Not at all. Actions have consequences. Those who commit suicide suffer its effects in the afterlife. This is not because God decrees a punishment upon them. It is because the act of taking one’s life does not change anything but where we live. We are the same person after death as before. The only thing we have left behind is our physical body. Our mind, including all of our emotions and thoughts, continues right on in our new spiritual body—which at first will look and feel exactly like our physical body. Even our surroundings will look the same at first because we carry them with us mentally.
This means that all the emotional and psychological issues that led to the suicide will be just the same after death. Those who commit suicide will still have to face the issues that led them to take their own lives. What’s worse, they will not be able to work out those issues with anyone who had been involved in their depression, addiction, or mental illness because those people will still be living on earth. And there will be no more escape through suicide because they’re already dead. Listen to this description by Emanuel Swedenborg of what it was like after death for one person who committed suicide:
Someone driven to despair by depression in his physical life was pushed by diabolical spirits to the point of killing himself by stabbing himself with a knife. He came to me complaining that he was being treated miserably by evil spirits, and was surrounded by fiends who constantly harassed him. I saw the place where he was: it was in the lower earth, a little to the left [near hell]. I also saw that he had a knife in his hand and was trying to stab it into his chest. He was struggling terribly with that knife, also trying to throw it away from himself, but he couldn’t do it.
I was told that whatever happens in the last hour of our death stays with us for a long time. March 14, 1748. (Spiritual Experiences 1336–1337)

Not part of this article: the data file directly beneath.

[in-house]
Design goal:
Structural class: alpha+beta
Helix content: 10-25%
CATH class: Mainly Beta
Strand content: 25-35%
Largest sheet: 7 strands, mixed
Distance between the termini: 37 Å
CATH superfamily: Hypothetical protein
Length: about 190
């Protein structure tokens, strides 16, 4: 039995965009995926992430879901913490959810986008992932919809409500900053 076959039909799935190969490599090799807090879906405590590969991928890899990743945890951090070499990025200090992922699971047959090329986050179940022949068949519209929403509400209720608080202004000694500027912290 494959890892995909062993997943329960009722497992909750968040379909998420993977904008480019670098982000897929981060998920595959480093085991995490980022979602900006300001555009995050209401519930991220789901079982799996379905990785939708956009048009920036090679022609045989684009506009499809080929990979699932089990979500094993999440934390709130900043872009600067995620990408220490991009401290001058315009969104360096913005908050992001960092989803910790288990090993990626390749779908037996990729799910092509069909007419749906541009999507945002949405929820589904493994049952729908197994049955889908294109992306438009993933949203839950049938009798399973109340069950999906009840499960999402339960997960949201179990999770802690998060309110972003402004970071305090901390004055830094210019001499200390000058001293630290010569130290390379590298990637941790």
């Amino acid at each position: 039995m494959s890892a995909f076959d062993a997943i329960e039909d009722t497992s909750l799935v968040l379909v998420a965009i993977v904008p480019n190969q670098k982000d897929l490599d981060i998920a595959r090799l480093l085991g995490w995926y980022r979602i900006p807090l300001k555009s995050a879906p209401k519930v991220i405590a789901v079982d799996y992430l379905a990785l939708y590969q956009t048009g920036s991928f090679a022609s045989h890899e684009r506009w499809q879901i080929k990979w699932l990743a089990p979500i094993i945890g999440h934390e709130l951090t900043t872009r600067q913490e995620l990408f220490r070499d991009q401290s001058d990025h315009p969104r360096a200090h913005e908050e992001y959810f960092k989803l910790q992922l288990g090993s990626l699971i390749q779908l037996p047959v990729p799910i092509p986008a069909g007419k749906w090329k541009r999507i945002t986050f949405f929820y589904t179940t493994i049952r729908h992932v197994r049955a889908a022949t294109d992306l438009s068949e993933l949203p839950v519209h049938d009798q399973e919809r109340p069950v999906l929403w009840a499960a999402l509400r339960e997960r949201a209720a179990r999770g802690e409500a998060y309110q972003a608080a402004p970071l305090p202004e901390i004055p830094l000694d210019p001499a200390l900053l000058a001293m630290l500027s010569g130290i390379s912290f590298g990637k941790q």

Depending on the circumstances surrounding the suicide, it could be a long and difficult road before those who have a good heart underneath it all finally throw off the demons that led them to kill themselves, and find themselves on an upward path. And even if they do finally travel that upward path, they will have robbed themselves of the full process of spiritual growth that can take place only on earth. Remember, it is here on earth that we develop the character we will take with us into the afterlife. If we cut that process short, we can never reach the full depth and maturity of character that we might otherwise have developed if we had lived out our full lifespan.
In short, though people who commit suicide can still have a good life in heaven, the effects of their premature birth into the spiritual world will be permanent.
Wrapping it up
Will suicide send a person to hell? No. But it will cause many deep and difficult problems both for the person who committed suicide and for those who are left behind. Every effort we make to overcome the conditions under which people resort to suicide will be a positive step for our loved ones, for our society, and for God’s kingdom. If you are considering suicide, please seek out help. As hard as it may be to believe, there are people who care about you and can help you. If you don’t know anyone you trust to talk to, please call the National Suicide Hotline (in the United States) at 1-800-273-8255, or search the Internet for a similar hotline in your own country or region. And if you know of someone who is considering suicide, please take it seriously, and get them the help they need.
Can people who commit suicide make it to heaven? It may be a long, hard road for them in the afterlife, but the answer is yes. Anyone who has a good heart underneath it all, but is driven to the desperate act of suicide by forces that feel crushing and overwhelming, will in the end have an opportunity to sort out and resolve their struggles in the afterlife. The results may not be as good as if they had worked through their struggles here on earth. But through a winding and difficult path, those who commit suicide can eventually find their way to an active, contented life in heaven.
Still, it is best for everyone, including ourselves, if we let God decide when our time of death will be, rather than taking that decision into our own hands.
This article is © 2012 by Lee Woofenden